The Fourth of July is going to look a little different this year.
But if you do have plans that you’re not ready to cancel yet, it may be worth doing a risk assessment. Here’s a list of popular Fourth of July activities and safety factors to consider for each one.
Visiting a restaurants or bar
In recent weeks, some dining establishments have reopened as different areas advance to new phases in their post-COVID plans. However, amid surges in new infections, some cities and states, like Florida and Texas, have hit the brakes on reopenings, reinstating mandated closures for restaurants and bars.
If you do decide to attend a bar or restaurant for your July 4th celebration, keep in mind a few important guidelines. Check with the establishment beforehand to make sure that they are enforcing limited capacity and masks for servers, and that outside seating is available.
When you’re there, maintain a distance of at least 6 feet or more from other people, don’t share your food or drinks, and avoid dining with people you don’t live with.
In a Tuesday Senate hearing, Fauci called out bars as a prominent culprit for recent surges in infections across the country, saying that Americans should stop going to bars "right now."
Getting a rental house or Airbnb
Airbnb rentals have often been viewed as a more private and isolated alternative to hotels, but now that social distancing measures are being enforced, people are more likely to book a vacation rental over a hotel room.
If you do plan on getting a rental this weekend, check in with the property owners to make sure they are taking protective steps against the virus.
According to Dr. Thomas A. Russo, chief of the division of infectious diseases at the University at Buffalo Jacobs School of Medicine and Biomedical Sciences, the risk of infection lessens over time, so if the property is cleaned and some time passes between guests, the risk of getting infected is low.
The CDC also recommends cleaning high-touch items like phones, TV remotes, door handles, bathroom faucets, and toilet handles.
Swimming at the beach or pool
As some cities and states have announced they have closed beaches around the country, you should first check to see if your beach or pool of choice is open.
If it is open, check what steps they are taking to enforce coronavirus safety protocols, like limiting capacity and instating social distancing rules.
The Centers for Disease Control and Prevention reported that there is no evidence that COVID-19 can be spread to people through the water in pools, water play areas, spa, or hot tubs. Charles Gerba, Ph.D., professor of virology and environmental science at University of Arizona in Tucson, says that if an infected person gets their saliva or mucus in the water, the virus can enter through your eyes, nose or mouth. However, it's highly unlikely as it would need to be a high concentration.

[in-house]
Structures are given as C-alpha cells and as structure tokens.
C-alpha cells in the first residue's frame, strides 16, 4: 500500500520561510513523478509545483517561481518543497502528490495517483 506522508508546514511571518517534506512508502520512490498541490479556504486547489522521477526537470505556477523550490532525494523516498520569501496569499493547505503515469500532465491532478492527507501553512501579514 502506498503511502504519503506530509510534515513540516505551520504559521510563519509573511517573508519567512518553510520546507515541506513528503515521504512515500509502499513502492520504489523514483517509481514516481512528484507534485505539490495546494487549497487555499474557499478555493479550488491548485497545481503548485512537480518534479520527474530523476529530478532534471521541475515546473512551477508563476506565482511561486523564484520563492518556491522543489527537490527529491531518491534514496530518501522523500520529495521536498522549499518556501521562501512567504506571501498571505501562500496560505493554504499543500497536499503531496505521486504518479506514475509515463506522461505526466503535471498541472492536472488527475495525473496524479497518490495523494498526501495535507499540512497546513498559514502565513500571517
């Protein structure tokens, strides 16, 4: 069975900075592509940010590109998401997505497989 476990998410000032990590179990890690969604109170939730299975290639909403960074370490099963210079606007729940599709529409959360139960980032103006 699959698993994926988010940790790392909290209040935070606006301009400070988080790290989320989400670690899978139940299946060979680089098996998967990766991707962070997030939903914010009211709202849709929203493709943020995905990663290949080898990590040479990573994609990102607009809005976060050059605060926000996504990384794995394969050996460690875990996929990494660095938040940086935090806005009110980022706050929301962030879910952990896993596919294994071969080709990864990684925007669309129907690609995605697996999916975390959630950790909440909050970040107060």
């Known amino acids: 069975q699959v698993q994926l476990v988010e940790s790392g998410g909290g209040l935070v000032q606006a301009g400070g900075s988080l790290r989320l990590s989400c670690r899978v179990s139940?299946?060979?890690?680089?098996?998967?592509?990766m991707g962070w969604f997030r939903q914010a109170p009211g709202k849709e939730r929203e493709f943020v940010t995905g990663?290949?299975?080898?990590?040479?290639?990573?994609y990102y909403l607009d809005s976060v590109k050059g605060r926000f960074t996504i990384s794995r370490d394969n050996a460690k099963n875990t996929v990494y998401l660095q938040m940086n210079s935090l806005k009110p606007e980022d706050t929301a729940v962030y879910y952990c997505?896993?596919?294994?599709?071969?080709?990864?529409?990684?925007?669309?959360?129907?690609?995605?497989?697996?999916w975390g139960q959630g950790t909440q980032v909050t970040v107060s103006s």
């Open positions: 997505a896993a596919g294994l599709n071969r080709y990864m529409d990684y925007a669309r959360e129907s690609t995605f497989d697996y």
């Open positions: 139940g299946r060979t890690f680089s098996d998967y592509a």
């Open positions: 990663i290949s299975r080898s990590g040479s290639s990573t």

Either way, you should keep your distance from people whether you’re in or out of the water. Additionally, you should still wear a mask when appropriate. The CDC recommends that people wear face coverings “in public settings where social distancing measures are difficult to maintain.”
Throwing a barbecue
A cookout is a quintessential July 4th activity. But with more attendees comes a higher risk of infection.
Dr. Rashid A. Chotani, an epidemiologist and infectious disease specialist at Health Central, said, “there is no one-size-fits-all answer (as) to whether one can host or attend a summer barbecue or any other gathering.”
However, when it comes to food, Chotani suggests avoiding shared dishes like chips, dips and cheese platters. Sandwiches, hamburgers and hot dogs should be spaced apart from one another so people only touch their own food. Additionally disposable plates, cups and utensils are also recommended.
Experts also advise wearing masks when not eating, as well as disinfecting high-touch areas like bathrooms and door handles.
Taking a flight
While the CDC has indicated that viruses and germs don't actually spread as easily on flights because of the way the air is filtered, there are still risks to consider on planes.
"However, there may be a risk fo getting COVID-19 on crowded flights if there are other travelers on board with COVID-19," the agency said. Much of the risk comes from the close proximity to others on a plane.
"There's no space on a plane where you have six feet around you between you and another person," said Anthony Santella, associate professor of public health at Hofstra University. "There's no way to escape and maintain physical distancing on a plane."
Watching public fireworks
CNN reports that fireworks may be riskier than usual this year.
The outlet advises staying home and lighting them if you live in an area where it is legally permitted.
If you do see them in a public space like a park, maintain social distance and wear a mask when you are near others. Avoid sites that are too crowded, and avoid touching any shared surfaces (or wash your hands if you do).